Paul’s Message: I Wish…

As the spring season progresses, as I sit in the shadow of stunning green mountains with just a touch of winter snow left at the peaks, as I look out over a valley just waking up to a new day, as I look forward to a day of meaningful work (and a little play too), I find myself wishing.

I wish the Lakers are able to reconfigure their team and win another championship next year (I wish for the Jazz to make it to the western conference finals. ;-)

I wish Timber would stop barking at the neighbor’s dog who seems to be relishing her walk in front of our/his window.

I wish for time and weather to hop on the bike and get a good ride in today (I think this wish will come true :-) .

I wish safe and blessed travels for all who are heading this way or that (including my daughter Lydia coming home to the US after a semester in Oaxaca, Mexico. Yea! says mom and dad).

I wish for blessed arrivals for summer citizens. May your travels be filled with refreshing experiences, meaningful work, or happy reunions.

I wish for wisdom for those who have questions that are profound.

I wish for a summer of wonderful worship and meaningful ministry for First Pres (Faith doesn’t take summers off, it makes summers better)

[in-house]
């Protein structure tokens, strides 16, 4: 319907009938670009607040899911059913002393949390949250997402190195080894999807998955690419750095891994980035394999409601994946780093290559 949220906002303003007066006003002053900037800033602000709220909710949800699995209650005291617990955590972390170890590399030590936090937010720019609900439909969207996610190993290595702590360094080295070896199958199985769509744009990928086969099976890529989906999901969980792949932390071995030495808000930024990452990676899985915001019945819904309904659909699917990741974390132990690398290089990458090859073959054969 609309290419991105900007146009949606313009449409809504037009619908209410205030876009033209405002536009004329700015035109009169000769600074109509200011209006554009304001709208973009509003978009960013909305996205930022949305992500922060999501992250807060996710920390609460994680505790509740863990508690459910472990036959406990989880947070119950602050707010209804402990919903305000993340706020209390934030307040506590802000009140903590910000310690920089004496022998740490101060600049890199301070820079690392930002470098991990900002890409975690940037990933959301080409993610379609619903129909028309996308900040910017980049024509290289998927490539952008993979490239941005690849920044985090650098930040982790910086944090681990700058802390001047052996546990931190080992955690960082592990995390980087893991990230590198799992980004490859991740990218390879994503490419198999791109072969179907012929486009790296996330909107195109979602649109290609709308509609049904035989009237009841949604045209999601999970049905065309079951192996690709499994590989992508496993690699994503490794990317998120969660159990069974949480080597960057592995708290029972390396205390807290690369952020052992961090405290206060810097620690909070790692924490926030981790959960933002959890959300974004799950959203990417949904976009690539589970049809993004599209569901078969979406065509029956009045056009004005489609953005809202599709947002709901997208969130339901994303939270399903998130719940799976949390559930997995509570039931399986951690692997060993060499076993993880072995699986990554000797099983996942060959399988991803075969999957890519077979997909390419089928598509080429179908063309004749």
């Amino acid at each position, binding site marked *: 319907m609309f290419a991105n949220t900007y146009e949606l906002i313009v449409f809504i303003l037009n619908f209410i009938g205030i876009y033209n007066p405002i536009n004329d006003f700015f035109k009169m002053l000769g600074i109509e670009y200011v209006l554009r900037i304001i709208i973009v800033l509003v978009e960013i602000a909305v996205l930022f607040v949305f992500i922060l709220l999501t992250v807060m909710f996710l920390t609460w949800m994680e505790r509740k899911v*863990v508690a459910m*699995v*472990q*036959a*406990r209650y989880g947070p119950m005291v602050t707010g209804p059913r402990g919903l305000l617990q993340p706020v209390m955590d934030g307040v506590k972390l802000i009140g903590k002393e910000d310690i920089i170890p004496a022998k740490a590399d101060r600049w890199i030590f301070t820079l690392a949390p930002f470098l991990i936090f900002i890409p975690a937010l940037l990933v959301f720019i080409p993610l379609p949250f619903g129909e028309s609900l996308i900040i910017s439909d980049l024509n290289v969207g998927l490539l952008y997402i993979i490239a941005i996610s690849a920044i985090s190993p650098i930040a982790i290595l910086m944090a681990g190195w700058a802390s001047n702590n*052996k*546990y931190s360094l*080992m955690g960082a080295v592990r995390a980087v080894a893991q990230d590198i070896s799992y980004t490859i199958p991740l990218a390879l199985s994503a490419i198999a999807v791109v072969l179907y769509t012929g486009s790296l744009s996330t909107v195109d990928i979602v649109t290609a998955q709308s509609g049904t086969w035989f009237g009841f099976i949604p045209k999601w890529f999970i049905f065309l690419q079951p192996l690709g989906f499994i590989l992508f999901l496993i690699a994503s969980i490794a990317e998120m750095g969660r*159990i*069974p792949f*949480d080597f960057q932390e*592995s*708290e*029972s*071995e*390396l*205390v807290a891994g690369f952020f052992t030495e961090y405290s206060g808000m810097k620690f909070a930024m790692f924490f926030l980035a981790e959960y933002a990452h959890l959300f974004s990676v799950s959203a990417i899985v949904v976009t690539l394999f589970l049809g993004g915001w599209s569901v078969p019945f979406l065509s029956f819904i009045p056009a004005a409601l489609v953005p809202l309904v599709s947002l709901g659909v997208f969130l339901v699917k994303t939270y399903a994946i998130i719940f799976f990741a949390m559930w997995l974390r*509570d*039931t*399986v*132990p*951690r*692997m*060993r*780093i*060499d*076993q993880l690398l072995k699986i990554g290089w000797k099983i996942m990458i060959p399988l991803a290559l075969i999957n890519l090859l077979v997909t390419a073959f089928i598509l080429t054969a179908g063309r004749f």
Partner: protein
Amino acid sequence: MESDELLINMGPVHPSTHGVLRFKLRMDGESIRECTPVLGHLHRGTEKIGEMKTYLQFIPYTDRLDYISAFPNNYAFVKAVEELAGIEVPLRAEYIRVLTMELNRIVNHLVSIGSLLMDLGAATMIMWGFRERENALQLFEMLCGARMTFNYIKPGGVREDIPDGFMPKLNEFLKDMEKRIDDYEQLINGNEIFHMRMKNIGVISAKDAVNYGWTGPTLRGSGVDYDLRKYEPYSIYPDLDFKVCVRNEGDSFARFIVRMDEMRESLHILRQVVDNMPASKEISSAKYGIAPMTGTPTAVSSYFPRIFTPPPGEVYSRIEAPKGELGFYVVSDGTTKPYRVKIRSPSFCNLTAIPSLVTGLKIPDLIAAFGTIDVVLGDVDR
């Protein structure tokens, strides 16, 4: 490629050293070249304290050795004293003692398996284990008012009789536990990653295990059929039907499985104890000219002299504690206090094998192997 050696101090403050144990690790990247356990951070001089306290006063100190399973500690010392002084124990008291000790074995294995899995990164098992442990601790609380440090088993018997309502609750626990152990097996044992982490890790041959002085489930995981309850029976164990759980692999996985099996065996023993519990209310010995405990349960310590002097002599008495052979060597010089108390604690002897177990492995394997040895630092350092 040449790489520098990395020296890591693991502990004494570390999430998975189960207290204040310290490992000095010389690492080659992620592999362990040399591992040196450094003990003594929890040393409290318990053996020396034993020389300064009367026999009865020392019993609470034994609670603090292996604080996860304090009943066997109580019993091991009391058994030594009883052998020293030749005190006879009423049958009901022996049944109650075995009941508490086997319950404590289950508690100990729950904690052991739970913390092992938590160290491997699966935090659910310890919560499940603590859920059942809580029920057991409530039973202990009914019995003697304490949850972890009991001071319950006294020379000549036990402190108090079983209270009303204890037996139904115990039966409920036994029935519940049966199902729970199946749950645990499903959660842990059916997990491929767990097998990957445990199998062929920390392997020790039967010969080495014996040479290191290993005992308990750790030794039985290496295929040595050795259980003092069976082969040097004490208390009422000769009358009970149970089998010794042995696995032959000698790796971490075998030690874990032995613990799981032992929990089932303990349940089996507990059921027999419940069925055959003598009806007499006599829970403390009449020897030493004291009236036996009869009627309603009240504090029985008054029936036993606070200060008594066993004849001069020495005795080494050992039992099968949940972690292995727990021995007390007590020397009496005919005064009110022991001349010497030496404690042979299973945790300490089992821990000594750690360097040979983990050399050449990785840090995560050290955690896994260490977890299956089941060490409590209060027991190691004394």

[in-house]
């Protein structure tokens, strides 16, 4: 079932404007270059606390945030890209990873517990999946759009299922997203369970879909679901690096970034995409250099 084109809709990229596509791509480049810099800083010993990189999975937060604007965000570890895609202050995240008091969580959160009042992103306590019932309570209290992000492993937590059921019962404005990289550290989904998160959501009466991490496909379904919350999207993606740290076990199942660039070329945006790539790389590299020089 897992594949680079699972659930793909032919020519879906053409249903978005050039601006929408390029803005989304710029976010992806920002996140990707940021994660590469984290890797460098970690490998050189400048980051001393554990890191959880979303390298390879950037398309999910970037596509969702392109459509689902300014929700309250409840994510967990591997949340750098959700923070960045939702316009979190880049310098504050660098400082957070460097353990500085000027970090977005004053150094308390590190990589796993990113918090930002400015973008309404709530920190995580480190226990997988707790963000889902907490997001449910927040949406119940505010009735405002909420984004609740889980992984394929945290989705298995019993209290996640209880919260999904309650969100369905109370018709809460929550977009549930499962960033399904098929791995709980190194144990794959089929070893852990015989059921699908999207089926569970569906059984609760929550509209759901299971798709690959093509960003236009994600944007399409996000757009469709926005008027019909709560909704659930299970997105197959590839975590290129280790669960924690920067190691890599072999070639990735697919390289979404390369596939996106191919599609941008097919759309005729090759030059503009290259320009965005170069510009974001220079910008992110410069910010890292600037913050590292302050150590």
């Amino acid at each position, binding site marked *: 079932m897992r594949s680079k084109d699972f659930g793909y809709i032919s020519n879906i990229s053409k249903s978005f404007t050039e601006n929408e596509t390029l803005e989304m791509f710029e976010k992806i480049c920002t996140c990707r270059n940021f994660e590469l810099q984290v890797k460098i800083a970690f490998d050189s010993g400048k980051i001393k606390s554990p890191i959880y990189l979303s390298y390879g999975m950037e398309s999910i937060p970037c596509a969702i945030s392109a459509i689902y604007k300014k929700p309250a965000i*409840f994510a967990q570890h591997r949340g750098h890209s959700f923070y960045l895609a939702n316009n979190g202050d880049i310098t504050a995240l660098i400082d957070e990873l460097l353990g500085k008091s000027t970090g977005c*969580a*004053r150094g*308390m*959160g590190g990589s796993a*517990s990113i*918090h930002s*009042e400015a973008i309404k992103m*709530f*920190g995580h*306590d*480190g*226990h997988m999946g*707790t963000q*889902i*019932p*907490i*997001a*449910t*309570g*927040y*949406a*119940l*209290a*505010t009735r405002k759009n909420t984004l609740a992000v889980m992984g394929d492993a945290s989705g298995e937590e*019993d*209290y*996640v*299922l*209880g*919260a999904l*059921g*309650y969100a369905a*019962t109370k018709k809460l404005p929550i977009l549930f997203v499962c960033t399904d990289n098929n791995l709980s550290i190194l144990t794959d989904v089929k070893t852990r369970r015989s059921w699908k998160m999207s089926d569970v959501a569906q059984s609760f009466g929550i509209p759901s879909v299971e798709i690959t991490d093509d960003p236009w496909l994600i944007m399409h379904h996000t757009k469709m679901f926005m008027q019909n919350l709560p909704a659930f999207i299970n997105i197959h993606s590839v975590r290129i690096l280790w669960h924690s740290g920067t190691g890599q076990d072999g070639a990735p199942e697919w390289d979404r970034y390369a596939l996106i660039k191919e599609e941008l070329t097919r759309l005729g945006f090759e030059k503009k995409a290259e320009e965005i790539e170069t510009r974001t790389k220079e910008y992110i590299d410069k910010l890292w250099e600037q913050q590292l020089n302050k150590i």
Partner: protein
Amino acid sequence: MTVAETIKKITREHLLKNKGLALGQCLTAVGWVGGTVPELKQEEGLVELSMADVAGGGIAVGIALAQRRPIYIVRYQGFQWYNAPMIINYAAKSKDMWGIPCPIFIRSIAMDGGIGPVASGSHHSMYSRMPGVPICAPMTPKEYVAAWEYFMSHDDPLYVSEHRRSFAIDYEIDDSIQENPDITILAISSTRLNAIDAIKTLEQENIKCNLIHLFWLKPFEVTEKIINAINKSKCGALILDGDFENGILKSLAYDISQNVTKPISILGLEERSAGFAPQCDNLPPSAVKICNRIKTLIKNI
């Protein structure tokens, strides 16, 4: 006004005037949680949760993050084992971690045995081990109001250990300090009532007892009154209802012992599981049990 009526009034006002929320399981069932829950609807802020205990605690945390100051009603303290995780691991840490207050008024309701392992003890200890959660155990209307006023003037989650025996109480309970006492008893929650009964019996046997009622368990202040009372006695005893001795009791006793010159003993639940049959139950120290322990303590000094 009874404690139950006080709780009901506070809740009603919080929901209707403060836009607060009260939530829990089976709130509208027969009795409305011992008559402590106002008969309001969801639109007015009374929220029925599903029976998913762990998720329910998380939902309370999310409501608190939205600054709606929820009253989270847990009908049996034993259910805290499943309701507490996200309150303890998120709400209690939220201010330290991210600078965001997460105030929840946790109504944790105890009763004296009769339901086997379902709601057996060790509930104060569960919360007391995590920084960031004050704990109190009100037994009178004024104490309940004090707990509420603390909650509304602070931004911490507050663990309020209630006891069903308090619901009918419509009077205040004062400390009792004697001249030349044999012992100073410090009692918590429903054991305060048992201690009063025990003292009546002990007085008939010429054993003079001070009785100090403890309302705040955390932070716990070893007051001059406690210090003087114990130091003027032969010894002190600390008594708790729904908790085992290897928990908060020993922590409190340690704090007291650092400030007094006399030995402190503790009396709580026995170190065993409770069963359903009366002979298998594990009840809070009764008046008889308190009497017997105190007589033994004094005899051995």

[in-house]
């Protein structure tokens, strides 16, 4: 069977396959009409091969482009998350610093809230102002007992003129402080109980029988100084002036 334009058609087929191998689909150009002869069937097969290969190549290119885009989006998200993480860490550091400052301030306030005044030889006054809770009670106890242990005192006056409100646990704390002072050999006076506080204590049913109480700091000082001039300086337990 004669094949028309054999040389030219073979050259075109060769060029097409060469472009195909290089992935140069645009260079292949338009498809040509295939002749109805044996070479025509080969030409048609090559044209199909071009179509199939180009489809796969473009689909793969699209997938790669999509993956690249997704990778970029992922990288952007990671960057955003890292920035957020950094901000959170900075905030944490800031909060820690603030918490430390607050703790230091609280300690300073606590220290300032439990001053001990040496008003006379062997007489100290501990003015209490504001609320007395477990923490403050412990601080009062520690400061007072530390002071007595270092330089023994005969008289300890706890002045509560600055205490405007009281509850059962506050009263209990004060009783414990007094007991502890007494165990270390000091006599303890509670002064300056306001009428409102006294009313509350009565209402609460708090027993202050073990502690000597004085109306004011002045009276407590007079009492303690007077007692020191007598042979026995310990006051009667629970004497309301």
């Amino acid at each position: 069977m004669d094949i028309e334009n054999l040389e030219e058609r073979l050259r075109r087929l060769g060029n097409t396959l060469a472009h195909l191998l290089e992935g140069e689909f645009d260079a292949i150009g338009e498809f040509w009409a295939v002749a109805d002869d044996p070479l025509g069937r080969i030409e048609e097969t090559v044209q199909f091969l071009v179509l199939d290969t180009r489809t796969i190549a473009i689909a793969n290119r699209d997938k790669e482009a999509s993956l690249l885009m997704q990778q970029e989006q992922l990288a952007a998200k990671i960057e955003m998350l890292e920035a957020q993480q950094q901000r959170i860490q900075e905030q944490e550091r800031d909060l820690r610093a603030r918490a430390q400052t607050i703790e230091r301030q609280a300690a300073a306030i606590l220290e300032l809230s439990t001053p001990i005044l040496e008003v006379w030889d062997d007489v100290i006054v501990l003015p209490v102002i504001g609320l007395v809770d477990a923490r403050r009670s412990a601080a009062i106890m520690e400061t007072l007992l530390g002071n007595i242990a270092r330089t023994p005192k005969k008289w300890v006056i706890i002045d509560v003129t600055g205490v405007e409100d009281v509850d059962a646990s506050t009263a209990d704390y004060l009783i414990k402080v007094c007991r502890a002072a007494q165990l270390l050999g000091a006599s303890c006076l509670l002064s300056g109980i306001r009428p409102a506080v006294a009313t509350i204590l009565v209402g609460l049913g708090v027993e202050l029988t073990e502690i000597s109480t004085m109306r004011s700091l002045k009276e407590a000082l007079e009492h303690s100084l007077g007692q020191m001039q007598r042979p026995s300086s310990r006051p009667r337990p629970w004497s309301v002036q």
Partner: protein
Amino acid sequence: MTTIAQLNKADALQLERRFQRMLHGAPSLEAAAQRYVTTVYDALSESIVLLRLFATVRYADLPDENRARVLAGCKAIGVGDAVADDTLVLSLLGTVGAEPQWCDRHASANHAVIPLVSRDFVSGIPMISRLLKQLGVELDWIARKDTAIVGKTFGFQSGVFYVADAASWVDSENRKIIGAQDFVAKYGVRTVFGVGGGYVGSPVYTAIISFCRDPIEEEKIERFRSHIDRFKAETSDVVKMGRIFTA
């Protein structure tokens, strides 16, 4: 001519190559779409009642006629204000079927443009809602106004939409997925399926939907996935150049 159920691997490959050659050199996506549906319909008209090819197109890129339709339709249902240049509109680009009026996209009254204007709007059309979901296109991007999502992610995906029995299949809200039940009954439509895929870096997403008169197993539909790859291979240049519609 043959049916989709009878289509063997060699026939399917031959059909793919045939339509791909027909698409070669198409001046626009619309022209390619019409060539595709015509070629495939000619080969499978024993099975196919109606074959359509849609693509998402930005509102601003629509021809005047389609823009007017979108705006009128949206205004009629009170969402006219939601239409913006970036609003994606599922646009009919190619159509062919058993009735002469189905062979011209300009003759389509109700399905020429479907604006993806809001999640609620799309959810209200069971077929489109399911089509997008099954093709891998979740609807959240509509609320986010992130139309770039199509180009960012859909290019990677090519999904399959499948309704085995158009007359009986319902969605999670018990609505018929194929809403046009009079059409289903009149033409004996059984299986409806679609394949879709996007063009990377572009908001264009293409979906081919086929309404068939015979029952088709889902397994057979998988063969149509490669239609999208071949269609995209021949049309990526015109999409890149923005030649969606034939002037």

I wish for a warm welcome for the new associate pastor the Lord has already chosen (even if we and she/he don’t know who it is quite yet!)

For those who are looking for work, those who don’t know where this month’s rent, or next month’s mortgage payment, or tonight’s dinner is going to come from, I wish they discover a path to just what they need.

I wish for healing and strength to come to those who are hurting. I know that many are struggling with brokenness in mind, body, and spirit. Many are wrestling with relationships or wallowing in loneliness (sometimes both). Some are seeking to overcome past hurts, or to deal with the demon of an addiction. I wish for you to take steps toward wholeness.

I wish for peace inside ourselves, in our homes, in our communities, in our government, in our churches, and around the world. Boy do I wish for peace.

“I wish” is, perhaps, not the right phrase. “I pray” is a lot more like it. Praying is a lot more (and a lot mo ‘betta, as they say in HI) than wishing. Wishing is more for pipe dreams. Praying is more for children of God who hope and work for wholeness to come. Praying is aligning ourselves with that divine love that desires to move the whole creation toward Sabbath peace. Praying makes things happen. Maybe it’s not as quick, or not in the way that we’d choose. Maybe those stubborn prayers seem to remain forever on our lists, especially the larger and/or deeper ones. But I believe prayer eventually brings hope, and hope (combined with love) makes things brighter and moves things forward. I not only wish, I pray … for you.

Peace, Paul

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  • Breakfast Encounter

    Last Friday morning, I stopped by my GP’s office to let them draw some blood for a test and to get my flu vaccine for the year. Because of the blood test, I had to ‘fast,’ arriving for the blood draw without having any food that morning. When the phlebotomist had drawn the blood and given me the shot, I went to a nearby diner to get some breakfast. Little did I know I was about to witness something extraordinary.